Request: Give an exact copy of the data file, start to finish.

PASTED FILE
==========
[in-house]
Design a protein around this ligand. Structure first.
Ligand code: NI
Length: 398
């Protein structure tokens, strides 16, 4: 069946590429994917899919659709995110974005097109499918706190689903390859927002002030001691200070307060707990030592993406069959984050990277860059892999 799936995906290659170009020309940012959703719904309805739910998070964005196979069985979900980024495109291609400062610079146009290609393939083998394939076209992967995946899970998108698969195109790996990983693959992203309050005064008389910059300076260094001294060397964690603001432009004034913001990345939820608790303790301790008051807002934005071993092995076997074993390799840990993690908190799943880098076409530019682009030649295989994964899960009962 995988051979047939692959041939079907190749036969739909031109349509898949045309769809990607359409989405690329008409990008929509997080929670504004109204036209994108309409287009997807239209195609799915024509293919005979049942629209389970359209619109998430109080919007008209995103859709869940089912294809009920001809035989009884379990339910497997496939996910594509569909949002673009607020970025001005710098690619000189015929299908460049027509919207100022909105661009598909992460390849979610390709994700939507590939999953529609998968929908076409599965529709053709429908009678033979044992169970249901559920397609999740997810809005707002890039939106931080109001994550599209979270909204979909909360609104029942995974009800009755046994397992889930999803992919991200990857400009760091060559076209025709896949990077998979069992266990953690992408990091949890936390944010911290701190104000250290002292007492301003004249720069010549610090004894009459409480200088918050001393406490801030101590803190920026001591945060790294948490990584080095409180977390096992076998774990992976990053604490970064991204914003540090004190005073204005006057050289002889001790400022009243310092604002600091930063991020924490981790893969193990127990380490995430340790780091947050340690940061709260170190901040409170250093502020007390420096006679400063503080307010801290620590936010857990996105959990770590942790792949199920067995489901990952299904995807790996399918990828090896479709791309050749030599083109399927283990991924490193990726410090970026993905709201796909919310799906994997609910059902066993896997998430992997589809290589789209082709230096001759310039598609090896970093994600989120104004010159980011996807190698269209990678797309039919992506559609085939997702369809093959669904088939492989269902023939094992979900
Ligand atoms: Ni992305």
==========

[in-house]
Design a protein around this ligand. Structure first.
Ligand code: NI
Length: 398
């Protein structure tokens, strides 16, 4: 069946590429994917899919659709995110974005097109499918706190689903390859927002002030001691200070307060707990030592993406069959984050990277860059892999 799936995906290659170009020309940012959703719904309805739910998070964005196979069985979900980024495109291609400062610079146009290609393939083998394939076209992967995946899970998108698969195109790996990983693959992203309050005064008389910059300076260094001294060397964690603001432009004034913001990345939820608790303790301790008051807002934005071993092995076997074993390799840990993690908190799943880098076409530019682009030649295989994964899960009962 995988051979047939692959041939079907190749036969739909031109349509898949045309769809990607359409989405690329008409990008929509997080929670504004109204036209994108309409287009997807239209195609799915024509293919005979049942629209389970359209619109998430109080919007008209995103859709869940089912294809009920001809035989009884379990339910497997496939996910594509569909949002673009607020970025001005710098690619000189015929299908460049027509919207100022909105661009598909992460390849979610390709994700939507590939999953529609998968929908076409599965529709053709429908009678033979044992169970249901559920397609999740997810809005707002890039939106931080109001994550599209979270909204979909909360609104029942995974009800009755046994397992889930999803992919991200990857400009760091060559076209025709896949990077998979069992266990953690992408990091949890936390944010911290701190104000250290002292007492301003004249720069010549610090004894009459409480200088918050001393406490801030101590803190920026001591945060790294948490990584080095409180977390096992076998774990992976990053604490970064991204914003540090004190005073204005006057050289002889001790400022009243310092604002600091930063991020924490981790893969193990127990380490995430340790780091947050340690940061709260170190901040409170250093502020007390420096006679400063503080307010801290620590936010857990996105959990770590942790792949199920067995489901990952299904995807790996399918990828090896479709791309050749030599083109399927283990991924490193990726410090970026993905709201796909919310799906994997609910059902066993896997998430992997589809290589789209082709230096001759310039598609090896970093994600989120104004010159980011996807190698269209990678797309039919992506559609085939997702369809093959669904088939492989269902023939094992979900
Ligand atoms: Ni992305």